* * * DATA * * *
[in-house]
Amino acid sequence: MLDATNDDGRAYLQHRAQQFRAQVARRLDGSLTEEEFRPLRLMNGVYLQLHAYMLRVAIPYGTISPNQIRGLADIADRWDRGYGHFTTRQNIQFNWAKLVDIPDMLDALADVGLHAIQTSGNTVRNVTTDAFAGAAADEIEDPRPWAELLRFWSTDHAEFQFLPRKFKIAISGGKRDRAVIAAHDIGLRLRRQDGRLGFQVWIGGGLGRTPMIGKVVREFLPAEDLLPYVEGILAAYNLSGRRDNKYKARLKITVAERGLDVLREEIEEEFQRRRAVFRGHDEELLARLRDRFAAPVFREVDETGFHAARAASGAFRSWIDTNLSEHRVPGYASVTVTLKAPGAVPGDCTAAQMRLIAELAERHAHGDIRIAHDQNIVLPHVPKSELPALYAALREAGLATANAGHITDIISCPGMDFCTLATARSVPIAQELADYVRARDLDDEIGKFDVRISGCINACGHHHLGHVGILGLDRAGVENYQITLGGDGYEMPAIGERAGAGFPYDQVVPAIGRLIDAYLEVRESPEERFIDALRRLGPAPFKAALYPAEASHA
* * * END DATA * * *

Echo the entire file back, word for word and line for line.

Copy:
[in-house]
Amino acid sequence: MLDATNDDGRAYLQHRAQQFRAQVARRLDGSLTEEEFRPLRLMNGVYLQLHAYMLRVAIPYGTISPNQIRGLADIADRWDRGYGHFTTRQNIQFNWAKLVDIPDMLDALADVGLHAIQTSGNTVRNVTTDAFAGAAADEIEDPRPWAELLRFWSTDHAEFQFLPRKFKIAISGGKRDRAVIAAHDIGLRLRRQDGRLGFQVWIGGGLGRTPMIGKVVREFLPAEDLLPYVEGILAAYNLSGRRDNKYKARLKITVAERGLDVLREEIEEEFQRRRAVFRGHDEELLARLRDRFAAPVFREVDETGFHAARAASGAFRSWIDTNLSEHRVPGYASVTVTLKAPGAVPGDCTAAQMRLIAELAERHAHGDIRIAHDQNIVLPHVPKSELPALYAALREAGLATANAGHITDIISCPGMDFCTLATARSVPIAQELADYVRARDLDDEIGKFDVRISGCINACGHHHLGHVGILGLDRAGVENYQITLGGDGYEMPAIGERAGAGFPYDQVVPAIGRLIDAYLEVRESPEERFIDALRRLGPAPFKAALYPAEASHA